Add to that the second factor, the rise of automation and information-based competition, and you get a deadly cocktail. The rise of the knowledge economy and the sudden, dramatic expansion in the range of activities vulnerable to automation created a dynamic that killed off union-bound organizations. If every change in work hours, labor force or job descriptions requires a new collective bargaining agreement, it will be impossible to keep pace with innovations that radically reduce manufacturing costs and introduce more rapid adaptive capabilities.
Companies free from the straightjacket of a collective bargaining agreement can change more quickly, adopting new, leaner practices. Employees in the emerging knowledge fields earned more by their own efforts than by collaboration in a union. No matter how well-managed, innovative, or responsible, competitors saddled with collective bargaining agreements drag behind, unable to lower their costs or develop new value fast enough to compete.
In some cases work is shipped overseas where labor is cheaper and less effectively organized, but we are discovering that this is merely an intermediate step in the decline of this workforce. Firms like Nike are already laying off hundreds of thousands of contract workers in the developing world as the race toward higher efficiency and adaptability makes automation more attractive than even the cheapest low-skilled labor. China-based Foxconn, manufacturer of the iPhone and one of the largest commercial employers in the world, is collaborating with Google on a long-term automation project that would eliminate hundreds of thousands of factory jobs.
Innovation, not outsourcing, is the root factor in the decline of manufacturing employment in the US. More restrictive laws and collective bargaining will not help. Market conditions are changing in ways that make low-skilled, undifferentiated inherently less valuable. Those same forces are opening up new opportunities for far more rewarding work, but gaining access to that work is more challenging. That condition is just as relevant in China as it is in Detroit.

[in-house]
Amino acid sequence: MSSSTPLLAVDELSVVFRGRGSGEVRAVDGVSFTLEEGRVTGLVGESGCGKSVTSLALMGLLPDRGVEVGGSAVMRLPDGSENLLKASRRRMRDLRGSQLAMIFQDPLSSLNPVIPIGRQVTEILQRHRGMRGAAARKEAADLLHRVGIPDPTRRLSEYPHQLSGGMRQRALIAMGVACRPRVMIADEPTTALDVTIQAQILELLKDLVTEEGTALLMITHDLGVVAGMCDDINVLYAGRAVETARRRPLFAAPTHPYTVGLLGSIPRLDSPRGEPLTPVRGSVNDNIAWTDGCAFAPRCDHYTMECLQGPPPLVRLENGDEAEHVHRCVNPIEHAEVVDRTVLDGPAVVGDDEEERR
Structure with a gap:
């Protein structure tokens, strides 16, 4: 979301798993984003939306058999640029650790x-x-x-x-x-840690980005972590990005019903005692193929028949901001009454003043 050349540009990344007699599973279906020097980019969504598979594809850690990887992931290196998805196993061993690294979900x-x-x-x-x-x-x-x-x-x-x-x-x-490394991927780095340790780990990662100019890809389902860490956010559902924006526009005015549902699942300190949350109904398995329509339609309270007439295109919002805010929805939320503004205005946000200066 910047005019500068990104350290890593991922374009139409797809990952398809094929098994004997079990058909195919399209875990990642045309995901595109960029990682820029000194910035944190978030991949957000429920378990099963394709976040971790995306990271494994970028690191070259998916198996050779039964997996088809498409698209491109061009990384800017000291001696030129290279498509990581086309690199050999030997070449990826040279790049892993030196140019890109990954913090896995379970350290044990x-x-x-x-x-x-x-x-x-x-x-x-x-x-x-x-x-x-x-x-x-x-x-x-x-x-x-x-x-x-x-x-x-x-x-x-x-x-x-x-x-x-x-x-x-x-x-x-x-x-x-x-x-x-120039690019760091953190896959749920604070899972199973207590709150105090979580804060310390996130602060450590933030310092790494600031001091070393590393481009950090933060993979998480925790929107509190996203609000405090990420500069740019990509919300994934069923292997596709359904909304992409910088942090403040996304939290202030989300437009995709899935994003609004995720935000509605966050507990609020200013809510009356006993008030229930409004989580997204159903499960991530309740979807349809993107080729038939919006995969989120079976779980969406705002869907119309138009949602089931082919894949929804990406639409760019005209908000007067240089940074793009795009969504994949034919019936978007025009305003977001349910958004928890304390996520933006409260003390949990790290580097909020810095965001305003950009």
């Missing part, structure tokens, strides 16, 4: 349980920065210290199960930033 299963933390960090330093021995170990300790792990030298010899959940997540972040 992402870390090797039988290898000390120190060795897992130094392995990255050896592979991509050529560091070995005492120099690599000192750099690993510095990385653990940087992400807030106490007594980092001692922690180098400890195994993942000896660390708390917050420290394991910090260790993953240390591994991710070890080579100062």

The bulk of jobs that benefit most from unionization are simply disappearing. They aren’t merely going overseas. They are going away.
The low wage jobs that remain are mostly in service industries like fast food and retail. We could pressure those industries to unionize, but we would merely be repeating the dynamic that favored non-union companies in manufacturing fields. The problem with unions is that they are too bureaucratic and slow to survive in a highly dynamic economy. Protecting jobs and lifestyles in the information age with unions built to work under industrial conditions is like trying to grab water in your fists.
Pressure to capitalize on the increasing power of automation would only be accelerated by unions. Along the way, a push toward unionization would stifle the wealth-generating power of the economy without halting any of the forces that are driving low-skilled work out of existence. Unions would offer nothing more than stagnation and mediocrity as a fleeting bulwark against the relentless tide of economic dynamism. If we are going to improve living conditions, opportunity, and rewards for those who do not make it into knowledge careers or entrepreneurship, we need an alternative to organized labor.